When setting out to design this website, I made an intentional decision to have it strictly component-based. This meant I could home in on each component and make it simple, powerful and responsive, as well as adaptable.

Imagery is a hugely important part of this site. What is telling you stories, if we can’t show you the pictures? We want you to feel as part of our story as we are. There are a number of ways in which pictures are served up on the site – singles, popups, grids and, in this article, carousels – or slides.


To begin with it is important that the images for the slideshow work if everything else breaks, so having a simple list of images is important – no flash or fancy libraries. The component needed to be lightweight and responsive. I needed to be brave as well about how to use CSS. If a browser didn’t support the newer stuff, they were simply served a list of images.

CSS has come far and there are simple tricks involving hovers and active states that can give you motion and interaction that’s just as clean as JS – and much lighter in size.

A list of images

So to begin with we have a list of images. One requirement: they all needed to be the same aspect ratio. This is very easy to achieve through Crafts image transforms, so that was sorted.

<img src="1.jpg" alt="Item 1">
<img src="2.jpg" alt="Item 3">
<img src="2.jpg" alt="Item 3">

Positioning the images

Since the images are the same aspect ratio they can just sit on top of each other. A simple case of positioning:

.c-Slides {
 position: relative;
 height: 0;
 padding-bottom: 56.25%;
 width: 100%;
.c-Slides img {
 position: absolute;
 top: 0;
 left: 0;
 width: 100%;
 height: 100%;

As you can see we use a simple trick used throughout the site: the container has zero height and a percentage padding-bottom, which sets out a container which can change width but keeps its aspect ratio.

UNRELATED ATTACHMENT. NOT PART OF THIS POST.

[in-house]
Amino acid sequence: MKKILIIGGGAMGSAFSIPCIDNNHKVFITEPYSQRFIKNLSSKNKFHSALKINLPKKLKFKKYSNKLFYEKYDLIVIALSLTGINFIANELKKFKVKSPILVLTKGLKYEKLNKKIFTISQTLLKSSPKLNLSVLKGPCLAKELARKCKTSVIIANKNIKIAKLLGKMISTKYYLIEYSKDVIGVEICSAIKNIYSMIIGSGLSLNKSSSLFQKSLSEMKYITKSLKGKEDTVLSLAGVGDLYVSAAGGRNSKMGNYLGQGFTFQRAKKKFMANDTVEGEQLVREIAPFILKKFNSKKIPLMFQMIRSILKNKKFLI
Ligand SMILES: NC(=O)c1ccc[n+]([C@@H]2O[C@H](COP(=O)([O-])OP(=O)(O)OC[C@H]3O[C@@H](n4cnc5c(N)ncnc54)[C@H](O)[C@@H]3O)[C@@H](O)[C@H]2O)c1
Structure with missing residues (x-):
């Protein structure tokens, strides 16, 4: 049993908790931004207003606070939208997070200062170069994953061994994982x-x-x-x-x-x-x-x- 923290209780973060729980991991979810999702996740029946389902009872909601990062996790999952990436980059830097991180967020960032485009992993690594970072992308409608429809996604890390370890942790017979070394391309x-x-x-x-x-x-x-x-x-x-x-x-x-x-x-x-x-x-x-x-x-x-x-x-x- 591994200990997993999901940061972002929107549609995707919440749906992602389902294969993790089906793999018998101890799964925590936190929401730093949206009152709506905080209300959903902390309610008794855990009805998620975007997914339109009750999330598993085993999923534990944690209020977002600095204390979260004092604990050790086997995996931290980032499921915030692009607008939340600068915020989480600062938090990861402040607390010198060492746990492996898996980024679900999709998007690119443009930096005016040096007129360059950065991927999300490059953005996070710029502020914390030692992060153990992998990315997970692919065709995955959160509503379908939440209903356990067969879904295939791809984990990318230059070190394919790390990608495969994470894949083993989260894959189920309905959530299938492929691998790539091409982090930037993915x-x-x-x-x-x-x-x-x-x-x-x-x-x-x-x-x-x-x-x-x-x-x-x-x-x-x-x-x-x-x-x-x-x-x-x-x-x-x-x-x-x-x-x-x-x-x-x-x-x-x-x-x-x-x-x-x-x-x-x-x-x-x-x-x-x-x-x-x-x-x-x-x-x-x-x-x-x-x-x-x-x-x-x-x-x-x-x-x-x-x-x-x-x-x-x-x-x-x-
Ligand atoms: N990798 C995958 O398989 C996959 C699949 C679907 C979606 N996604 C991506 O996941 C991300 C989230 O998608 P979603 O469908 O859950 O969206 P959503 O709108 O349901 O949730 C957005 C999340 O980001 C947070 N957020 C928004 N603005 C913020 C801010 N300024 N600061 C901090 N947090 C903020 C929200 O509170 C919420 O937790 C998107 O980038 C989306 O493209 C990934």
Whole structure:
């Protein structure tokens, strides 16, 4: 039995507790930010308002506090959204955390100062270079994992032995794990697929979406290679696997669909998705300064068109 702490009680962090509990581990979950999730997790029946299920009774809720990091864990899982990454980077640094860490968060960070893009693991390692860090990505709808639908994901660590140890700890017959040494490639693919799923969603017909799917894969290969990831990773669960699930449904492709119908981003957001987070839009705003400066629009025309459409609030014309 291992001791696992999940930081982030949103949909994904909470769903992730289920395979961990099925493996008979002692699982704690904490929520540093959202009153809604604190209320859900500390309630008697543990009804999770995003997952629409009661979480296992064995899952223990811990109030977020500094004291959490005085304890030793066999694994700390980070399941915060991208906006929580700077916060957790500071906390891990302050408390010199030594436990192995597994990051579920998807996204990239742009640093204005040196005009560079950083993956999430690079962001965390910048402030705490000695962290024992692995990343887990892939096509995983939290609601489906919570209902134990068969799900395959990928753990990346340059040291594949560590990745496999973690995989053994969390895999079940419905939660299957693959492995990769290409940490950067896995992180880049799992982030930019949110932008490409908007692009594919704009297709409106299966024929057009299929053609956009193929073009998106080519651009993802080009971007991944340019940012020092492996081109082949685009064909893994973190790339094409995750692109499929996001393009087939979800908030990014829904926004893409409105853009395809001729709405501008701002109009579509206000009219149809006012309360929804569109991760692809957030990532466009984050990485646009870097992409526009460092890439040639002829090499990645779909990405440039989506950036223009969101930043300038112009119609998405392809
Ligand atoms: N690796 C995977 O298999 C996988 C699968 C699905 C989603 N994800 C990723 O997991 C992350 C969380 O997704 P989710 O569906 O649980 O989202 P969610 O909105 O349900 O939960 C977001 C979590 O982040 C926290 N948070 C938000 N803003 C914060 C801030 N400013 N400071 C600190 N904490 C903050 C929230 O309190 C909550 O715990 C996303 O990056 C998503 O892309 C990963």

Animating between slides

Introducing a lovely combination of keyframes, animation and SCSS mixins. There’s a limit in our carousels of 6. This is for two reasons: to keep the CSS light (you’ll see why) and more than that and it’s asking the page to load a fair number of images that will potentially not be seen.

The animation is created using a mixin which outputs a number of keyframe animations based on how many slides there are. The number of slides is determined by a little bit of twig templating which counts the images added and slots in the correct class: eg. c-Slides4, c-Slides6 etc.

There are two mixins: one which creates the CSS keyframes and another which outputs them into animations for the appropriate classes.

@mixin slidesfade($num:5) {
 $fadein: 100%/$num - 100/$num/2;
 $keyframe: 100%/$num;
 $fadeout: 100%/$num + 100/$num/2;
 0% { opacity: 0; }
 #{$fadein} { opacity: 1; }
 #{$keyframe} { opacity: 1; }
 #{$fadeout} { opacity: 0; }
 100% { opacity: 0; }

A number of things are happening here. We have a number (defaulting to 5). 100% is divided by this to get the keyframe length: so in this case if the slides were 10 secs in total, each slide would take 2 seconds.

Rather than cut between images, a nice fade-in and out is a bit more visually pleasing. So there’s a little of calculation of where the fade-in and out comes in, basicially half of the length of the slide on either side. so it takes 1 second to fade in, the image, it remains full opacity for 1 second, then takes 1 second to fade out.

This mixin is used to output @keyframes which can be used in the second mixin